Leaders of the 900-member Nassau correction officers union have agreed to a new labor contract with the county that will provide a series of pay hikes totaling more than 13 percent by the end of 2017.
The deal, signed Wednesday by Correction Officers Benevolent Association president John Jaronczyk and Nassau County Executive Edward Mangano, closely resembles contracts approved last month by Nassau and four other labor unions -- and ends a wage freeze on correction officers in effect since March 2011.
The agreement still must be approved by union members, the county legislature and Nassau's financial control board. Officials did not immediately disclose the cost of the pact.
"While our members will never get back to where they should have been before the freeze, this agreement puts them on the way to being compensated for their years of service," Jaronczyk said.
Mangano called the contract "good news for taxpayers. It settles outstanding litigation and saves money as compared to the prior contract."
Jaronczyk said that 85 union members working at the County Correctional Center in East Meadow have been frozen at entry-level salaries of $30,000 for more than three years, and a total of 150 members have been frozen at salaries of $45,000 or less.
Union members will vote on the contract June 27. It will then need approval by the GOP-controlled legislature and the Nassau Interim Finance Authority, a state monitoring board that controls the county's finances.
NIFA chairman Jon Kaiman called the contract "consistent" with the four other union agreements. "There is no indication that it will get held up or stalled," he said.
Kaiman said savings in the union deal would lower the overall cost of the five union contracts from a minimum of $130 million to $120 million.
Legislative Presiding Officer Norma Gonsalves (R-East Meadow) had not yet reviewed the contract, a spokesman said. Minority Leader Kevan Abrahams (D-Freeport) said while he hadn't examined the deal, his 7-member caucus likely will vote for it "if it saves taxpayer dollars."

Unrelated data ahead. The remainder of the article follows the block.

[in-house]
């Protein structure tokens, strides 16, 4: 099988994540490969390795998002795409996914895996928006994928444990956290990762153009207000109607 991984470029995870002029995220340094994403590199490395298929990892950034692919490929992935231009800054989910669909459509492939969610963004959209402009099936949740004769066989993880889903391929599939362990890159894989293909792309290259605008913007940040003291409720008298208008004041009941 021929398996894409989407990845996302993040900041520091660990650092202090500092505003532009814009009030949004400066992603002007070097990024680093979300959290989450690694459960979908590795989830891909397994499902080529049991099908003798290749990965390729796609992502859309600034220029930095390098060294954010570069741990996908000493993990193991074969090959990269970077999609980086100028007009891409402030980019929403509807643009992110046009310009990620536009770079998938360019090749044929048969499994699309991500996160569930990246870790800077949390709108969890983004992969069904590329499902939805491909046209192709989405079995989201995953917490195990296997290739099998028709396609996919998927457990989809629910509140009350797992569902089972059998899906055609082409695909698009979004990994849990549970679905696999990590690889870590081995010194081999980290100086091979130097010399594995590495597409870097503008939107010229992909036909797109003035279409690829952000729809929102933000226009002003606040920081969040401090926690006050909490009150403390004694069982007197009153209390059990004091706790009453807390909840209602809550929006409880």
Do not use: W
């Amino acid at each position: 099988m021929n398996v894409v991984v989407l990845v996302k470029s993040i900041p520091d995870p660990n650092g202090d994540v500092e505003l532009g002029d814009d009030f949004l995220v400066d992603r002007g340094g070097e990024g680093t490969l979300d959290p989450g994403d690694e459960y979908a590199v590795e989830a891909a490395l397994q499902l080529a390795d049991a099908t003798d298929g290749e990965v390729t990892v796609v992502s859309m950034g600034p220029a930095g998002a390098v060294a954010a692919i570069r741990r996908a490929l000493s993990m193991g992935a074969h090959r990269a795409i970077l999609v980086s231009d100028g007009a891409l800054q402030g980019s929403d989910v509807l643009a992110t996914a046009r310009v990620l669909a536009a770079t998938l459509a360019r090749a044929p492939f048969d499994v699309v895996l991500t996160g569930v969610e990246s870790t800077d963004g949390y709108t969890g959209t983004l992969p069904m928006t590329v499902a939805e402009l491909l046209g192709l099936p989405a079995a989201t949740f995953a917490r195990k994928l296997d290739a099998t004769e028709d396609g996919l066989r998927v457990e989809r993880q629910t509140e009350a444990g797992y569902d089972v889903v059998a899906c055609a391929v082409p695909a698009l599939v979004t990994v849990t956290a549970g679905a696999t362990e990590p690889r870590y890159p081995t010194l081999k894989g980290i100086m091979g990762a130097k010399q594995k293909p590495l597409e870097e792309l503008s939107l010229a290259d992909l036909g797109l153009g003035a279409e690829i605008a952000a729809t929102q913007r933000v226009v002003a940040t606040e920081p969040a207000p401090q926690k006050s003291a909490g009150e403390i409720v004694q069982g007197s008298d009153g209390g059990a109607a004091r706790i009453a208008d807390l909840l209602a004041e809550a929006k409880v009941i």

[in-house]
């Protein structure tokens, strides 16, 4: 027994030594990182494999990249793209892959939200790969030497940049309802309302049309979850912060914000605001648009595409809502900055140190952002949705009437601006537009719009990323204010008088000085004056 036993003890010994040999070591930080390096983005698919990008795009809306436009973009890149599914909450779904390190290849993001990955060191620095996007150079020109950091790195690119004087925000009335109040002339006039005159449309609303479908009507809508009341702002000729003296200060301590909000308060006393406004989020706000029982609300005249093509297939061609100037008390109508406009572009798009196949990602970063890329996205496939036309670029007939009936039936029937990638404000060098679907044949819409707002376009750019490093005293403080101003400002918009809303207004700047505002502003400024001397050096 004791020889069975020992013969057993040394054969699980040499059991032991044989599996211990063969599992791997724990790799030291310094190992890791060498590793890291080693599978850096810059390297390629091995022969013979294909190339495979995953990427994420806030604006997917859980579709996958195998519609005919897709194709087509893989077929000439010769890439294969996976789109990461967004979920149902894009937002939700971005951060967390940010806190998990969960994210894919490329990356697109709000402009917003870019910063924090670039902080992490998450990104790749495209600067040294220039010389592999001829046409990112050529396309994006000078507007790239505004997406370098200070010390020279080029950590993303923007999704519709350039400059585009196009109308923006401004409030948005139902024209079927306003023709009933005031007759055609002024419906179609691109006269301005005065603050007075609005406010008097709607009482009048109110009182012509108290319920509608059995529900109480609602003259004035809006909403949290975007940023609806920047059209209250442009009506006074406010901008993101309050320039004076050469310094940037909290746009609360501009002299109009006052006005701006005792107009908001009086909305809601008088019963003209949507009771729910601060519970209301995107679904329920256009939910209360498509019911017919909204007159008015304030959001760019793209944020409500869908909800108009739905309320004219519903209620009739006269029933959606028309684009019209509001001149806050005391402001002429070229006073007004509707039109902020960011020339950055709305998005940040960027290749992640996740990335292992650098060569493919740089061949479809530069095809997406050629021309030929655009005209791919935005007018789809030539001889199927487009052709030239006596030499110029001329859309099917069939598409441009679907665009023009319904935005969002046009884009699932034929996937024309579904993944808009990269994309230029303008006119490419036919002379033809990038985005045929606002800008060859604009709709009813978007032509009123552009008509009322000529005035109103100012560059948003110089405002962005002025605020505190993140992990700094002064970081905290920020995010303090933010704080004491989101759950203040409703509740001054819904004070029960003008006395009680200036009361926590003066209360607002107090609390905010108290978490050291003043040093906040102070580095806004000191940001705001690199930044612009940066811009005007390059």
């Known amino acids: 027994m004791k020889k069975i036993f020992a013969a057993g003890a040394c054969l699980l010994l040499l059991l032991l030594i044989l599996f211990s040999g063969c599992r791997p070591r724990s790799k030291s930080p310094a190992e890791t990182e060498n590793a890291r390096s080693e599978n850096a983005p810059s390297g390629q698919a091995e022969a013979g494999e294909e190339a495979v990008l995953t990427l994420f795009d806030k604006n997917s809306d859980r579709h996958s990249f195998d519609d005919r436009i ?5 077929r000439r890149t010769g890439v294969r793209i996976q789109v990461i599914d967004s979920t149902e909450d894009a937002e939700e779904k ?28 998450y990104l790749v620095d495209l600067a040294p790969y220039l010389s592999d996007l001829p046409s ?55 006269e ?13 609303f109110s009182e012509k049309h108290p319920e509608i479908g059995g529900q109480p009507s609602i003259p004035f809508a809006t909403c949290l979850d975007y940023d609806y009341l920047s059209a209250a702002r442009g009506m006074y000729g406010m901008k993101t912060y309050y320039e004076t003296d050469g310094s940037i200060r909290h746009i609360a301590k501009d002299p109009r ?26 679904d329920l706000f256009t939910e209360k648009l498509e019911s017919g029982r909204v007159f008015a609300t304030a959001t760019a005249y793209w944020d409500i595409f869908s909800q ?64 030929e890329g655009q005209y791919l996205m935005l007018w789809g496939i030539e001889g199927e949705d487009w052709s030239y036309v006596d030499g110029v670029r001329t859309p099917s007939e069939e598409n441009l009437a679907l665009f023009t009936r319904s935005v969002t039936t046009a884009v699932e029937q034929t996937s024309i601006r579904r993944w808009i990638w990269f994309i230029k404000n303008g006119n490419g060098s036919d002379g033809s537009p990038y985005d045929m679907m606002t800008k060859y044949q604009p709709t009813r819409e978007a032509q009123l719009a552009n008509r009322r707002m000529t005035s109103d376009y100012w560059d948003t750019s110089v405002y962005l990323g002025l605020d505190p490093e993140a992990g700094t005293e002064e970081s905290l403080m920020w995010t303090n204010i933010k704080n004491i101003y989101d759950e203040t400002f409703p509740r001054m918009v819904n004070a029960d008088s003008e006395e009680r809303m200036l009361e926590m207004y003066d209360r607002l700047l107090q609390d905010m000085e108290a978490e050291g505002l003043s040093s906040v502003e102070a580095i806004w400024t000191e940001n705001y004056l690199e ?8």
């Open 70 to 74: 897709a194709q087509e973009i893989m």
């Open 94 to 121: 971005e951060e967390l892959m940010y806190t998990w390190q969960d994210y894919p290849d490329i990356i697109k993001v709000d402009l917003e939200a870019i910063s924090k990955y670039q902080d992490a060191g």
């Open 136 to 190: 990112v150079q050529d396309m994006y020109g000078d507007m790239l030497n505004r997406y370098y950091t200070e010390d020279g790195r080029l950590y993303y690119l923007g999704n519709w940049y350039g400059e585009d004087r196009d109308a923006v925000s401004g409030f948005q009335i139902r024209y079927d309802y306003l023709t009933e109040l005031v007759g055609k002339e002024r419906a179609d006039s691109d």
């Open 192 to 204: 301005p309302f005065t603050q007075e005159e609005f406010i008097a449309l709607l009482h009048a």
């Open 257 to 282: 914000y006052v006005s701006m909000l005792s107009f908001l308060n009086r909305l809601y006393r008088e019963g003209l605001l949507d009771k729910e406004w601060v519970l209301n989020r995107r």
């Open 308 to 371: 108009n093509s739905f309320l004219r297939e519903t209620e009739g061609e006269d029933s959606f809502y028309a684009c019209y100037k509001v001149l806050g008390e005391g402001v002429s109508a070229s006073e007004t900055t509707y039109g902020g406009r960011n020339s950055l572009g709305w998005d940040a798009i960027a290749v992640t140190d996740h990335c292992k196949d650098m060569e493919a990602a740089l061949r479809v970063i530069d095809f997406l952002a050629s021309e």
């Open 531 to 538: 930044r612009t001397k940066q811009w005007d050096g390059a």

The new contract provides an immediate 3.5 percent pay hike for union members. They would get a 3.75 percent raise on Sept. 1, 2015; a 3.5 percent hike on Sept. 1, 2016, and a 2 percent increase on July 1, 2017. Some members also would get step increases through the life of the contract.
Like labor contracts signed by the Police Benevolent Association, Detectives Association, Superior Officers Association and the Civil Service Employees Association, correction officers would give up an annual pay raise that had been due in 2013 as well as one year of step increases.
The contract is retroactive to June 1 and expires Dec. 31, 2017.
All five unions still are challenging the legality of the freeze imposed by NIFA in March 2011. A State Supreme Court justice has ruled that the wage freeze is legal and the unions have appealed.
Under the proposed contract, new hires who choose a premium health insurance plan would be required for the first time to contribute 15 percent to the cost.
New employees who select a less expensive plan would not have to contribute.
Union members also could no longer accrue comp days for donating blood; would not receive tuition reimbursement in 2015-17 and have to wait until they leave the job to receive $925 in uniform maintenance and education pay that was deferred from 2011.The labor contract also changes a rule that allowed correction officers who are injured on the job to be paid for up to four hours a day, for a period of three days a week, for time spent in medical treatment. The new contract would require payment for two hours a day, three days a week.
The county paid union members for 9,836 hours under the old rule in 2013, Mangano said.
Nassau County Sheriff Michael Sposato saidthe overall deal is "good for the department because it will increase morale. Everyone is happy."